“You’re a marketer’s dream.”

That’s what a fellow Quality Assurance & Food Safety magazine staffer told me on a recent Microsoft Teams video call as I explained a recent hat purchase.

“I’m a good marketer’s dream,” I replied.

But he’s right. I’m a sucker for a well-executed ad campaign — especially one that tells a good story.

For example, the hat in question was a Los Angeles Dodgers baseball cap. But instead of the club’s standard white and blue, it was black with a sort of hot pink “LA,” meant to signify the Miami Heat, who had been beaten by LA’s other marquee team, the Lakers, in the 2020 NBA Finals.

Good stories hook you, and they raise the stakes. Good stories are easy to share, and they move people into action.

My wardrobe is full of tales. There’s the jean jacket made in the United States of Japanese denim, meant to honor a bourbon collaboration combining U.S. and Japanese distilling techniques. Or there’s the pair of sneakers an influential designer made to resemble a pair he (and I) loved as a kid in the 1990s.

Obviously, as a writer and editor, I’m biased, but whether you’re selling a product or trying to inspire someone, I believe the best way to get your point across is to tell a good story.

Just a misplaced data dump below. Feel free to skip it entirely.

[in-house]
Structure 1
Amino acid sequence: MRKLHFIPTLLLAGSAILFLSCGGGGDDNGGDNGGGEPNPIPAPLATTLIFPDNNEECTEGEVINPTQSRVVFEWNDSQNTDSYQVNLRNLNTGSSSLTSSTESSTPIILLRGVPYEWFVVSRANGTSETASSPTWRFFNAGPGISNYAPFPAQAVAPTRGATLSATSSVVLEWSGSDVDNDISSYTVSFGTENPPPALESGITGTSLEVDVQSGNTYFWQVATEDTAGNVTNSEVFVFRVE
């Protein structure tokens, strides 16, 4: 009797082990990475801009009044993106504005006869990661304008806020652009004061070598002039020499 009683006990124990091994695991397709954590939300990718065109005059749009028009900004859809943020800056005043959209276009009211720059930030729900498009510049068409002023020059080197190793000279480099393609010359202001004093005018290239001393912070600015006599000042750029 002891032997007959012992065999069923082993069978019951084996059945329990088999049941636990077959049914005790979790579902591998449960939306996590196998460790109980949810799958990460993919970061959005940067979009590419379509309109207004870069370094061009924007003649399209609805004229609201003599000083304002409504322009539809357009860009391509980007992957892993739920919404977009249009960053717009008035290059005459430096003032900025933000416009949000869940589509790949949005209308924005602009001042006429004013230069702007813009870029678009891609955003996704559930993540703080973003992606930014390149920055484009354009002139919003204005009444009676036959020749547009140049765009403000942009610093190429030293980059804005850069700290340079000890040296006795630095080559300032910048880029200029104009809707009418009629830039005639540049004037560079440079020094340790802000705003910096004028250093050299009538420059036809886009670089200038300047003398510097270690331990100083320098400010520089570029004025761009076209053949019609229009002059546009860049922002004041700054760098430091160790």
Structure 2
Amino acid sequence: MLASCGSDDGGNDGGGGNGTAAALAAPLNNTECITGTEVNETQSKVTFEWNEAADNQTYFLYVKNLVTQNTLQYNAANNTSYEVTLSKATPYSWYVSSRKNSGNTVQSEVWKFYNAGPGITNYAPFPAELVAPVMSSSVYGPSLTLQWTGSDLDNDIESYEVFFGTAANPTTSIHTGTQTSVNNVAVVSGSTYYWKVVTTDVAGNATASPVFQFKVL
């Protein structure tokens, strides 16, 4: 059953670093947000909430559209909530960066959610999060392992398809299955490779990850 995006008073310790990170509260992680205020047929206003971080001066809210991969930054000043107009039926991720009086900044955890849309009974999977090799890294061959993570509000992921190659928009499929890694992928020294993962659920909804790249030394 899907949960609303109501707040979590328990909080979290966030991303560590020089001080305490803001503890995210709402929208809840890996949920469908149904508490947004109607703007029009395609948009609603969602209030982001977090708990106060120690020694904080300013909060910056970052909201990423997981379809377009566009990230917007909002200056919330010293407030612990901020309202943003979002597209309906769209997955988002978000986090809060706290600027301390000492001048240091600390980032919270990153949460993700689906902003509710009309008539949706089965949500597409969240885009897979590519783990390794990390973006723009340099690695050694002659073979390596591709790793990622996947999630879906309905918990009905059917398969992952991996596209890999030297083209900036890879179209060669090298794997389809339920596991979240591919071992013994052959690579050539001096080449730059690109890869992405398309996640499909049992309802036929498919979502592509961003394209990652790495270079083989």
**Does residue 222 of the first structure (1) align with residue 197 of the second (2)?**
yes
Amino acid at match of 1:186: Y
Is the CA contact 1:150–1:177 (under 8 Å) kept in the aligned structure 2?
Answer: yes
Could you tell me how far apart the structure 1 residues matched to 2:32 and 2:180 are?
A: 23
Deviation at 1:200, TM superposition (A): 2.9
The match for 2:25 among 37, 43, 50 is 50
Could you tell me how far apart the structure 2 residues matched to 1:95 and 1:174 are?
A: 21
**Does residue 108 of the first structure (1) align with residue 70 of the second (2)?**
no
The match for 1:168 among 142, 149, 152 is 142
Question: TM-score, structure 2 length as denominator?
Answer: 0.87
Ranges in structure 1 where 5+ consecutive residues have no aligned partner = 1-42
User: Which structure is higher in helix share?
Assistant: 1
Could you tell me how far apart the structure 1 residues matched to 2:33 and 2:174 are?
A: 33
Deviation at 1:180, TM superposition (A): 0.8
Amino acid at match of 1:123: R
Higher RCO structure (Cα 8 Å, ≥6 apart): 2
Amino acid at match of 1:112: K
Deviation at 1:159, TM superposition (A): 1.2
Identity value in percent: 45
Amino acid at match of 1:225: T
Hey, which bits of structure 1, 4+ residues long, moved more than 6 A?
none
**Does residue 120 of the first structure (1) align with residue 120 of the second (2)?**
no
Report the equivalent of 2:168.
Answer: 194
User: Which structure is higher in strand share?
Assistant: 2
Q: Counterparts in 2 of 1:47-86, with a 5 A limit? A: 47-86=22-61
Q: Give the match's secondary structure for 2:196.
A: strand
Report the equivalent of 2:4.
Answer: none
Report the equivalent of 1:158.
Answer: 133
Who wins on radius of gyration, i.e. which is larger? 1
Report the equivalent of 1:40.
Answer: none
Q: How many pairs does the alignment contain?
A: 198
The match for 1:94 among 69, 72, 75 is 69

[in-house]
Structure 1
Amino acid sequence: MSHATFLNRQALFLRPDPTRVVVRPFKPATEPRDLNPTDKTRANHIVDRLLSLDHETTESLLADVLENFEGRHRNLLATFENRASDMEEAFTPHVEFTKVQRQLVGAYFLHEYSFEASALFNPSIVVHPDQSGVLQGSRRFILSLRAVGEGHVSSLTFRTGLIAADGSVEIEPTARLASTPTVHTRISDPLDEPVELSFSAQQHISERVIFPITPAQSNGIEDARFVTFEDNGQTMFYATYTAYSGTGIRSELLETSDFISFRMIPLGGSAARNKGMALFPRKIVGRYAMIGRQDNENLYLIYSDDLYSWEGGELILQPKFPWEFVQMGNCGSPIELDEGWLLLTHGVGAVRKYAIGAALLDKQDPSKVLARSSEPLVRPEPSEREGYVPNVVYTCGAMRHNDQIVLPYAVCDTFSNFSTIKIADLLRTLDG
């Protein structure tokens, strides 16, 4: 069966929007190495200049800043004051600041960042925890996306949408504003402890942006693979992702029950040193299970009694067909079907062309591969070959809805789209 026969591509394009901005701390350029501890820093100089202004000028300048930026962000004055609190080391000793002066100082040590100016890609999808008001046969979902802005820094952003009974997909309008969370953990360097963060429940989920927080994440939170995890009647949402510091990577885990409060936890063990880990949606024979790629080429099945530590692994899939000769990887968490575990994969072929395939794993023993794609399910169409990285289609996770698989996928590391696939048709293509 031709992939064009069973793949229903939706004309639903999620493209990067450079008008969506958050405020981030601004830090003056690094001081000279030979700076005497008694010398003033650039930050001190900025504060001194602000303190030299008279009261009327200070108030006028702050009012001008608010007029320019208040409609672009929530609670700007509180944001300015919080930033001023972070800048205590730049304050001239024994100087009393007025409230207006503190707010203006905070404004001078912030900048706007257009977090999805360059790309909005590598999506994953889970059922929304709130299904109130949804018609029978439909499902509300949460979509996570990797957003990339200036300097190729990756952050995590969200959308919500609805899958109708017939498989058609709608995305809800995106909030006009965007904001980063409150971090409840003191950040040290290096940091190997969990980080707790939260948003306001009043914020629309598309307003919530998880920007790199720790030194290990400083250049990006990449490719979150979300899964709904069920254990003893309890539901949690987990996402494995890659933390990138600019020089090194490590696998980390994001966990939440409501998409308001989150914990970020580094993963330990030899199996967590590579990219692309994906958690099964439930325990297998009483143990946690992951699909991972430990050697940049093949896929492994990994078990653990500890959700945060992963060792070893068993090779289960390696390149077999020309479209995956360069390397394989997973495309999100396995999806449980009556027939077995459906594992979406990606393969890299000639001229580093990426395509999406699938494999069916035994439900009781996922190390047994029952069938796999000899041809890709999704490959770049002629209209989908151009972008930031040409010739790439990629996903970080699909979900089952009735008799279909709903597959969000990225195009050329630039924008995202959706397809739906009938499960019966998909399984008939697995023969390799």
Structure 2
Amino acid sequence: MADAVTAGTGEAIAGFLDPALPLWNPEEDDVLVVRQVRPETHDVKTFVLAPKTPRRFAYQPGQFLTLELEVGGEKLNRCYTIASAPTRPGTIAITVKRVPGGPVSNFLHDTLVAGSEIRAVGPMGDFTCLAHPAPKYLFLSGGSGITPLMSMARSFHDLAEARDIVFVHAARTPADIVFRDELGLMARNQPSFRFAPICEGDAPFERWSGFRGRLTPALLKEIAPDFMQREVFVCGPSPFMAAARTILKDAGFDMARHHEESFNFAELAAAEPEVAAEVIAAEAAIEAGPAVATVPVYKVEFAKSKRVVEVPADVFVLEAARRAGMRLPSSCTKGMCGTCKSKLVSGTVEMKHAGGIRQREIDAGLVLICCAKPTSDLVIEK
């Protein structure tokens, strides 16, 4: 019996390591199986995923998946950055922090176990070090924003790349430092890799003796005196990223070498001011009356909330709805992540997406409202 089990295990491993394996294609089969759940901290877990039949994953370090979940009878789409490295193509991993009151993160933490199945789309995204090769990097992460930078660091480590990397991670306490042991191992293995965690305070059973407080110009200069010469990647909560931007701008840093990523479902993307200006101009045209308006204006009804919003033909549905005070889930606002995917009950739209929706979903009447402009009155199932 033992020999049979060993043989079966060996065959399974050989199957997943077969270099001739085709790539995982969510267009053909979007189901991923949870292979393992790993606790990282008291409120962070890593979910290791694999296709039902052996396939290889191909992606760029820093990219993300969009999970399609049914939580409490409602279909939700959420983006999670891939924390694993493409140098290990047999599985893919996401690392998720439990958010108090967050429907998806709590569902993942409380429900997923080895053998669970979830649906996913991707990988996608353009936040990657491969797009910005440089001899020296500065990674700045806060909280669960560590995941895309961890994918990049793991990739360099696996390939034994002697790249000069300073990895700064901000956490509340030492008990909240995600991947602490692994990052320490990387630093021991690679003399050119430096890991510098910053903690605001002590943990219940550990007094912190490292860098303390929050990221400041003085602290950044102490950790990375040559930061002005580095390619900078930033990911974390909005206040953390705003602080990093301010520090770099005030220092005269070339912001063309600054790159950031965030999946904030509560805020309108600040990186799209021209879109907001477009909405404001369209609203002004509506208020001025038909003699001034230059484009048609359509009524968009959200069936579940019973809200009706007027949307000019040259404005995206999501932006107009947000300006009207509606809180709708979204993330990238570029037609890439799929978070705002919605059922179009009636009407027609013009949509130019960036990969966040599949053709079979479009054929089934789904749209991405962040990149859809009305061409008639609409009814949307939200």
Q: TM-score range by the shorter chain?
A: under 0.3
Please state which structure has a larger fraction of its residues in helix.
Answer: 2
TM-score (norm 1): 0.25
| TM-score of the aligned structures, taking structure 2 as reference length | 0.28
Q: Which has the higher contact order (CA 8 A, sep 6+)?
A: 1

Good stories hook you, and they raise the stakes. Good stories are easy to share, and they move people into action.

I’ll let you be the judge on the quality of the articles in this issue (I’m certainly proud of them), but writing and reporting aside, they’re about good stories.

This month’s cover story, “Better Together,” is our take on where food safety culture is now, including a Q&A from Frank Yiannas, the Food and Drug Administration’s deputy commissioner for food policy and response. Of particular interest are the results from our Survey Monkey survey asking food processors for their takes on food safety culture.

More storytelling pops up in “Tech Support,” where experts fill us in on what’s current, new and next in food industry technologies such as artificial intelligence and the Internet of Things.

And, proving that a good story can be told with art as much as text, the too-cute cleaning characters drawn by Alex Eben Meyer for “So Fresh and So Clean” seem to pop off the page, ready to scrub your sanitation worries away.

Imagine the stories those little folks would tell.